Is giving up on somebody the essence of human cowardice?

I am angry and I have an hour only. Let’s see if I can vent my anger with some speedblogging. What am I angry about? Today I met a young girl from the south of Holland, around 25. We got into a conversation and I explained a little bit about what I do for a living. Helping people finding their path, executive coaching, life coaching, whatever you want to call it. Then she tells me that she is a lost case. She has been given up by her psychiatrist. (Pause here…). Now continue reading…

WHAT THE FUCK!

I don’t even know where to start. What kind of professional can deny her the possibility of healing? This can only be somebody who has lost hope herself (the psychiatrist was a female in this case). It is sad enough that there are so many people stuck in depressing mind spaces but it seems to be part of the human deal and we have to move through them. But at least the psychiatrist should know what devastating effect her projections of her personal sense of inadequacy can have on her patients.

The idea that we are inadequate is a myth. But it is an extremely effective story that we keep telling each other. It is not true. We are already ok. As Marianne Williamson puts it:

“Our deepest fear is not that we are inadequate. Our deepest fear is that we are powerful beyond measure. It is our light, not our darkness that most frightens us. We ask ourselves, Who am I to be brilliant, gorgeous, talented, fabulous? Actually, who are you not to be? You are a child of God. Your playing small does not serve the world. There is nothing enlightened about shrinking so that other people won’t feel insecure around you. We are all meant to shine, as children do. We were born to make manifest the glory of God that is within us. It’s not just in some of us; it’s in everyone. And as we let our own light shine, we unconsciously give other people permission to do the same. As we are liberated from our own fear, our presence automatically liberates others.”

On the top of this screen you see a tickertape with cool spiritual quotes. They come from a book that I love, Shambala – the sacred path of the Warrior by the Tibetan master Chögyam Trungpa Rinpoche. Some people think they are pretentious but I love them, they are very true to me, they are guidelines. This is one of them:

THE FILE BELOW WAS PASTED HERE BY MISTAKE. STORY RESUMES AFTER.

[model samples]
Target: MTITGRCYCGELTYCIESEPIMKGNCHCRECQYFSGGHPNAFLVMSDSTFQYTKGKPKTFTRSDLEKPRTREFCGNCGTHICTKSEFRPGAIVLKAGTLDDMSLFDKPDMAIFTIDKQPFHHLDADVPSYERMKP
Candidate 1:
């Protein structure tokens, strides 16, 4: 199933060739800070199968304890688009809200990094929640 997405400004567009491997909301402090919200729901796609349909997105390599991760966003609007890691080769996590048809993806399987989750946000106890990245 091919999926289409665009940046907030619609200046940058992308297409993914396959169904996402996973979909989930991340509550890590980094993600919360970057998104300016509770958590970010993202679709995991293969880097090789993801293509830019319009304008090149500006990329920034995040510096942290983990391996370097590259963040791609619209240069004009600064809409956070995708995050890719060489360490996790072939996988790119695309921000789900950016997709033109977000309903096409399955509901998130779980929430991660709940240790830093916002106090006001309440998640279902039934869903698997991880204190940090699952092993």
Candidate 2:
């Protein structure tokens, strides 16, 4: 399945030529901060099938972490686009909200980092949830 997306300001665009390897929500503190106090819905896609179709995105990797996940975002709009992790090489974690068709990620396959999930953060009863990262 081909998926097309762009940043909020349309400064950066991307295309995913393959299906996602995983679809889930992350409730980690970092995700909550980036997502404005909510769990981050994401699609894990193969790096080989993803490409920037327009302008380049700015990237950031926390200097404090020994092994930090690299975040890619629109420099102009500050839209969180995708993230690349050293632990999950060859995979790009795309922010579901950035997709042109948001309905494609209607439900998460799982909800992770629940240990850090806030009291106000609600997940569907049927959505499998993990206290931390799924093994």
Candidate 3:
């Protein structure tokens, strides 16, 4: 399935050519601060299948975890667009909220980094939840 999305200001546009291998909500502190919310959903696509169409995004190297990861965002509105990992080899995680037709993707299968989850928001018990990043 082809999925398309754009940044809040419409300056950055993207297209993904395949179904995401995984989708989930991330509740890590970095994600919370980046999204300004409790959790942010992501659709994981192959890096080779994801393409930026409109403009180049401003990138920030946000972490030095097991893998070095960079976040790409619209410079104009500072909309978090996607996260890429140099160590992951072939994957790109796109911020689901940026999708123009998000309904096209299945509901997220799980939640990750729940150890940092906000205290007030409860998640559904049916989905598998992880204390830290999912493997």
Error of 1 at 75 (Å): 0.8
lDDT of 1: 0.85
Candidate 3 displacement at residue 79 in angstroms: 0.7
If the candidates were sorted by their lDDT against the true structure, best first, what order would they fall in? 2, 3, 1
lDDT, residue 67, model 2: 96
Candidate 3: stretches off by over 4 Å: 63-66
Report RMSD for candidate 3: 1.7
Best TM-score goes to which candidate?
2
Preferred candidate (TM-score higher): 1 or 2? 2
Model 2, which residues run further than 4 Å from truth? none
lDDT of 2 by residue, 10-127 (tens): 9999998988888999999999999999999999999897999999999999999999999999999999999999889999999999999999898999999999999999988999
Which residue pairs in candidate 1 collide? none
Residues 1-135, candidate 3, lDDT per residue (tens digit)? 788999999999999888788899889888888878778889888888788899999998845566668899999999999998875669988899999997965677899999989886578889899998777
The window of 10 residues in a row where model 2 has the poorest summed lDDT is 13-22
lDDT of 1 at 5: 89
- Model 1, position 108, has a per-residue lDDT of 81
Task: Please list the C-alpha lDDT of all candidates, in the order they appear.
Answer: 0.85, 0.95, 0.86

“The essence of warriorship, or the essence of human bravery, is refusing to give up on anyone or anything.”

I know that I’m being naive when I secretly hold it for self evident that all psychiatrists, counselors, therapists and coaches know this. Every time I’m confronted with the opposite I feel huge indignation. I feels like having traitors amongst us, as if the nurse who is supposed to take care of you is feeding you poison instead of medicine. No bigger crime than to breach the trust of somebody who come to you with their hearts in their hands.

If you are a coach or a shrink or whatever and you want to give up on somebody because you are in over your head tell your client or patient: “I give up”. Be honest. You have reached your limits. So what, we are all human and I guess it will happen to many of us. But don’t pass your own perceived inadequacy on to the one who has placed trust in you because you prefer to protect your self image. That makes you not only a coward, it makes you cruel.

Comments

  1. Marianne Young says

    I Know!! would you believe i’ve heard a story like this twice before??? it pisses me off totally, for if a therapist is unable to help a person, isn’t it his/her job to find someone who can? the two women who told me similar stories were desperate and thought they were not worth anything, which this st*pid therapist only confirmed!? I hope i made any sense to them when I expressed my anger and told them that at least they had had the courage to seek help, something these therapists clearly had not.

  2. JayT says

    My husband gave up on me, our marriage, and ultimately, his own integrity, when he left me while I was beginning to return to health after a long, wasting illness. For me it was a most cruel experience. For him, I am sure, some of his distress and agony lie in this choice he made.

    When I was a therapist, I ‘gave up’ on one potential client … because I did not have the clinical skills to safely mentor this person, who had a serious personality disorder. I referred this person on to someone I knew could expertly nagivate the therapeutic process.

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